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" The want* of human interest is always felt. Paradise Lost is one of the books which the reader admires and lays down, and forgets to take up again. None ever wished it longer than it is. Its perusal is a duty rather than a pleasure. We read Milton for... "
The Works of Samuel Johnson, LL.D. - Page 173
by Samuel Johnson - 1820
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The literary reader: prose authors, with biogr. notices &c. by H.G. Robinson

Hugh George Robinson - 1867
...knowledge. But original deficience cannot be supplied. The want of human interest is always felt. Paradise Lost is one of the books which the reader admires...forgets to take up again. None ever wished it longer tbau it is. Its perusal is a duty rather than a pleasure. We read Milton for instruction, retire harassed...
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Biography: Or, Third Division of "The English Encyclopedia", Volume 4

Charles Knight - Biography - 1867
...Lost,' the truth of Dr. Johnson's observation must be however to a considerable extent allowed, that it is " one of the books which the reader admires and lays down, and forgets to take up again." Much of this inattention is no doubt owing to the character of this age. Learned poetry suits us not....
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The Quarterly Review, Volume 131

English literature - 1871
...Johnson's Works, vol. vii. p. 142. In the 'Life of Milton,' •vol. vi. p. 173, he had said: '" Paradise Lost" is one of the books which the reader admires...it longer than it is. Its perusal is a duty rather thau a pleasure.' second cantos of ' Childc Harold,' he awoke and found Hlmsel'" famous. These cantos...
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The Quarterly Review, Volume 131

English literature - 1871
...Johnson's Works, vol. vii. p. 142. In the 'Life of Milton,' vol. ri. p. 173, he bad said: '"'Paradise Lost" is one of the books which the reader admires...forgets to take up again. None ever wished it longer dun it is. Its perusal is a duty rather tbau a pleasure.' second second cantos of ' Childe Harold,'...
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Eclectic Magazine: Foreign Literature, Volume 15; Volume 78

1872
...Johnson's Works, vol. vii. p. 142. In the "Life of Milton," vol. vi. p. 173, he had said, " ' Paradise Lost ' is one of the books which the reader admires...longer than it is. Its perusal is a duty rather than i pleasure." of us has his or her visions shadowed out." " Childe Harold," on his first appearance,...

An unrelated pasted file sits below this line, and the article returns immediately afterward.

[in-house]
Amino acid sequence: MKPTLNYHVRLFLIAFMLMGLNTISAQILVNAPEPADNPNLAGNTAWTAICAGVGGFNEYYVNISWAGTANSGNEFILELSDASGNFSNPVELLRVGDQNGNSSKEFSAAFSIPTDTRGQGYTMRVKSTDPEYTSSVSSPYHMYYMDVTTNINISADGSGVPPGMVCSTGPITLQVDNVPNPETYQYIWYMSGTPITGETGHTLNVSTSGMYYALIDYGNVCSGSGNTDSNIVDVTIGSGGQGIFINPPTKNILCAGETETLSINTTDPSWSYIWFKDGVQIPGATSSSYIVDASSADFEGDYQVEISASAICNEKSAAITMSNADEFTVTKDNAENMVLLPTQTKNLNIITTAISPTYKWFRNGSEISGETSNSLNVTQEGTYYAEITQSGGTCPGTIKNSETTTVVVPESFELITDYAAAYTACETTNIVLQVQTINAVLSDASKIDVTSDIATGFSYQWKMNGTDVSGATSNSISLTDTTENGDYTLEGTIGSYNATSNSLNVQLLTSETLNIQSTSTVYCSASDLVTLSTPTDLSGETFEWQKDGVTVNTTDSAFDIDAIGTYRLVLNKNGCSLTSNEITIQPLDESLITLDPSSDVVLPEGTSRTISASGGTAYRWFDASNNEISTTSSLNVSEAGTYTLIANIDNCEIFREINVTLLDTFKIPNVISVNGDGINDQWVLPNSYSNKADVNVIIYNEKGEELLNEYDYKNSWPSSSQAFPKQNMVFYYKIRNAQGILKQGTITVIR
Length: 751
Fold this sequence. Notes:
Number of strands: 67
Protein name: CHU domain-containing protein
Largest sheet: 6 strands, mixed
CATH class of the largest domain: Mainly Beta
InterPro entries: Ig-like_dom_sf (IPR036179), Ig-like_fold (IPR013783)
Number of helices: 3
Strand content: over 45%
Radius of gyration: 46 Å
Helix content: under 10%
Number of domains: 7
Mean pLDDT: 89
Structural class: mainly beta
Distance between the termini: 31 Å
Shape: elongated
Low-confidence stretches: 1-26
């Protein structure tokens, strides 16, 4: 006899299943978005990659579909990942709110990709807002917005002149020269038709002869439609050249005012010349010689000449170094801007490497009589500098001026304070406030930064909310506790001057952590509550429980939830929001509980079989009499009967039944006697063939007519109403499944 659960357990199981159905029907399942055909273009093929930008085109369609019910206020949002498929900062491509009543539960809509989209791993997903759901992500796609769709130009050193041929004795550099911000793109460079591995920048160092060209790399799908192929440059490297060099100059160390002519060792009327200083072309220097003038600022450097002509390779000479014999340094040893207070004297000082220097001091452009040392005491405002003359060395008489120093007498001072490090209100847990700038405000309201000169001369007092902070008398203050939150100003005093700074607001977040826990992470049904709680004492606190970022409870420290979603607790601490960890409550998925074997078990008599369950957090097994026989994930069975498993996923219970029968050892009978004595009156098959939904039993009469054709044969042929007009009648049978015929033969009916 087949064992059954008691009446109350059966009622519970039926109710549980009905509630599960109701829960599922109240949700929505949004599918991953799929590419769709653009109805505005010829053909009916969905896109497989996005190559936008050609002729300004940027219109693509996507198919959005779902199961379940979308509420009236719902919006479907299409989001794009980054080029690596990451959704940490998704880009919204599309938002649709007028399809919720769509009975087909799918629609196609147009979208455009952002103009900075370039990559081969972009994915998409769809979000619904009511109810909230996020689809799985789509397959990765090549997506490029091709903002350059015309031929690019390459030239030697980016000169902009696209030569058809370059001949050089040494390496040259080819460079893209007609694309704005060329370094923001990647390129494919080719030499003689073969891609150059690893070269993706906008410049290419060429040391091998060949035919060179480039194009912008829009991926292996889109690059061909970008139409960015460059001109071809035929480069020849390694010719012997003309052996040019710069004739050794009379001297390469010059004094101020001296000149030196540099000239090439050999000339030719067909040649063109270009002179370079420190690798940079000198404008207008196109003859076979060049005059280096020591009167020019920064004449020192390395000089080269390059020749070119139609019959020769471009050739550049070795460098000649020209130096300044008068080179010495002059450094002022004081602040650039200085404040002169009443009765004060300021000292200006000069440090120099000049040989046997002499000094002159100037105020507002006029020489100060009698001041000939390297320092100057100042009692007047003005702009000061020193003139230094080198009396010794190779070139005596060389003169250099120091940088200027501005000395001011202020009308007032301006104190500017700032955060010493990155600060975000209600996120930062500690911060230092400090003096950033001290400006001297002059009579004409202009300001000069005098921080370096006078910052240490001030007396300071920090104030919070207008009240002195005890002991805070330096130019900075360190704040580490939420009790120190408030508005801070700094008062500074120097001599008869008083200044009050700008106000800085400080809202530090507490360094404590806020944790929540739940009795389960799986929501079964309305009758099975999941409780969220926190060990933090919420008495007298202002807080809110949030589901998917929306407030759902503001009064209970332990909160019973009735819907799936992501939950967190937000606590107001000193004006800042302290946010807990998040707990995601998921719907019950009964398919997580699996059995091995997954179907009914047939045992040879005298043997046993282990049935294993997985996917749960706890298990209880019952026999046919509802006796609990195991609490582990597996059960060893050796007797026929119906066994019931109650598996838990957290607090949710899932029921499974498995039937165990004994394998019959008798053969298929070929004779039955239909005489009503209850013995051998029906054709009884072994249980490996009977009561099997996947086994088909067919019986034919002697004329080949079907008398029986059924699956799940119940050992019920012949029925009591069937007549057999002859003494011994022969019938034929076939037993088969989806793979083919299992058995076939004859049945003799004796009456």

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Paradise Lost: Book I [-II]

John Milton - 1889 - 96 pages
...sympathy." " But original deficience cannot be supplied. The want of human interest is always felt. Paradise Lost is one of the books which the reader admires and lays down, and forgets to take up again. Its perusal is a duty rather than a pleasure." " Another inconvenience of Milton's design is that it...
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Sketches of eminent statesmen and writers, with other ..., Issue 290, Volume 2

Abraham Hayward - 1880
...Johnson's Works, vol. vii. p. 142. In the " Life of Milton," vol. vi. p. 173, he says: "' Paradise Lost' is one of the books which the reader admires...is. Its perusal is a duty rather than a pleasure." denounced the devastating ambition of Napoleon, and mingled the denunciation with a sneer at the fools...
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The Intellectual repository for the New Church. (July/Sept. 1817 ..., Volume 28

New Church gen. confer - 1881
...of learning and poetry — there is truth enough in Dr. Johnson's words, where he speaks of it as " one of the books which the reader admires, and lays down, and forgets to take up again." x It is to the dogmatic features of this poem that I would call attention. Addison refrains from noticing...
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The Six Chief Lives from Johnson's Lives of the Poets: With Macaulay's "Life ...

Samuel Johnson - Poets, English - 1886 - 463 pages
...knowledge. But original deficience cannot be supplied. The want of I human interest is always felt. Paradise Lost is one of the / books which the reader admires and lays down, and forgets tof tal£e up again. None ever wished it longer than it is. Its pejrusal is a duty rather tEan a pleasure....
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Wit and Wisdom of Samuel Johnson

Samuel Johnson, George Birkbeck Norman Hill - Aphorisms and apothegms - 1888 - 323 pages
...of Johnson, i. 227. of of British greatness shall be obliterated1.' Yet of Paradise Lost he writes, 'None ever wished it longer than it is. Its perusal...recreation ; we desert our master, and seek for companions V This truth, if it be a truth, most men would have hidden from themselves, and all other critics would...
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